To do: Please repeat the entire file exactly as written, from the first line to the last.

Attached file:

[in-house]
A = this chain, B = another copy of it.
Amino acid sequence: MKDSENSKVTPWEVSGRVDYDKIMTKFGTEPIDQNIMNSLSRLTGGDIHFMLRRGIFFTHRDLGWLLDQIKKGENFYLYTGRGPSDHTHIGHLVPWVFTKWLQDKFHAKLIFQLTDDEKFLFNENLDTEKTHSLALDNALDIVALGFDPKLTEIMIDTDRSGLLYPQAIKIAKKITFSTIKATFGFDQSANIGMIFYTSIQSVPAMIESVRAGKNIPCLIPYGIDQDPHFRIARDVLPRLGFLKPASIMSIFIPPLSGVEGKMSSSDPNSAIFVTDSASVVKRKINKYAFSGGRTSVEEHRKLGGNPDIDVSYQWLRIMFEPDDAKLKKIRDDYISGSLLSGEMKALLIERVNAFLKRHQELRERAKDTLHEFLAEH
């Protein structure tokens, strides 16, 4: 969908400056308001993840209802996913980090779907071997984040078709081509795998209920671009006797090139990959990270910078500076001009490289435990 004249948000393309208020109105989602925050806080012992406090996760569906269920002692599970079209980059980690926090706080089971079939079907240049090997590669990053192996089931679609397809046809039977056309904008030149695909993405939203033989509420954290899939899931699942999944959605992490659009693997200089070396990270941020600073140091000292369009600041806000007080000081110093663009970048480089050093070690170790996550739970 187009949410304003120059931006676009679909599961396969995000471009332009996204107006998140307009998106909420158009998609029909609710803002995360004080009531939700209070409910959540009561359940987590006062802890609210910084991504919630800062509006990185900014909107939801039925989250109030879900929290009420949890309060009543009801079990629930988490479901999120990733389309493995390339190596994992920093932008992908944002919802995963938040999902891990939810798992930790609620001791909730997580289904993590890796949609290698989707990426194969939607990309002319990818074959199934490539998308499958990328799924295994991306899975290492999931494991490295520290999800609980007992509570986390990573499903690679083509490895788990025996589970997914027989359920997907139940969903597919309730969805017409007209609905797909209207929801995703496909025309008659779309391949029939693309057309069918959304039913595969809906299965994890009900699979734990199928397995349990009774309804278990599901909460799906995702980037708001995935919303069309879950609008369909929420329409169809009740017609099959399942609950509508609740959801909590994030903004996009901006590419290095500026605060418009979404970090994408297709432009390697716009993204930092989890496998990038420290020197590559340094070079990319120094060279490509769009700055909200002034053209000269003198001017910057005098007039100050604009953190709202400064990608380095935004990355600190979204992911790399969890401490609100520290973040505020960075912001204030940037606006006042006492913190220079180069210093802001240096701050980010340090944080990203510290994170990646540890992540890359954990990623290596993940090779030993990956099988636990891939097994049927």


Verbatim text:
[in-house]
A = this chain, B = another copy of it.
Amino acid sequence: MKDSENSKVTPWEVSGRVDYDKIMTKFGTEPIDQNIMNSLSRLTGGDIHFMLRRGIFFTHRDLGWLLDQIKKGENFYLYTGRGPSDHTHIGHLVPWVFTKWLQDKFHAKLIFQLTDDEKFLFNENLDTEKTHSLALDNALDIVALGFDPKLTEIMIDTDRSGLLYPQAIKIAKKITFSTIKATFGFDQSANIGMIFYTSIQSVPAMIESVRAGKNIPCLIPYGIDQDPHFRIARDVLPRLGFLKPASIMSIFIPPLSGVEGKMSSSDPNSAIFVTDSASVVKRKINKYAFSGGRTSVEEHRKLGGNPDIDVSYQWLRIMFEPDDAKLKKIRDDYISGSLLSGEMKALLIERVNAFLKRHQELRERAKDTLHEFLAEH
């Protein structure tokens, strides 16, 4: 969908400056308001993840209802996913980090779907071997984040078709081509795998209920671009006797090139990959990270910078500076001009490289435990 004249948000393309208020109105989602925050806080012992406090996760569906269920002692599970079209980059980690926090706080089971079939079907240049090997590669990053192996089931679609397809046809039977056309904008030149695909993405939203033989509420954290899939899931699942999944959605992490659009693997200089070396990270941020600073140091000292369009600041806000007080000081110093663009970048480089050093070690170790996550739970 187009949410304003120059931006676009679909599961396969995000471009332009996204107006998140307009998106909420158009998609029909609710803002995360004080009531939700209070409910959540009561359940987590006062802890609210910084991504919630800062509006990185900014909107939801039925989250109030879900929290009420949890309060009543009801079990629930988490479901999120990733389309493995390339190596994992920093932008992908944002919802995963938040999902891990939810798992930790609620001791909730997580289904993590890796949609290698989707990426194969939607990309002319990818074959199934490539998308499958990328799924295994991306899975290492999931494991490295520290999800609980007992509570986390990573499903690679083509490895788990025996589970997914027989359920997907139940969903597919309730969805017409007209609905797909209207929801995703496909025309008659779309391949029939693309057309069918959304039913595969809906299965994890009900699979734990199928397995349990009774309804278990599901909460799906995702980037708001995935919303069309879950609008369909929420329409169809009740017609099959399942609950509508609740959801909590994030903004996009901006590419290095500026605060418009979404970090994408297709432009390697716009993204930092989890496998990038420290020197590559340094070079990319120094060279490509769009700055909200002034053209000269003198001017910057005098007039100050604009953190709202400064990608380095935004990355600190979204992911790399969890401490609100520290973040505020960075912001204030940037606006006042006492913190220079180069210093802001240096701050980010340090944080990203510290994170990646540890992540890359954990990623290596993940090779030993990956099988636990891939097994049927």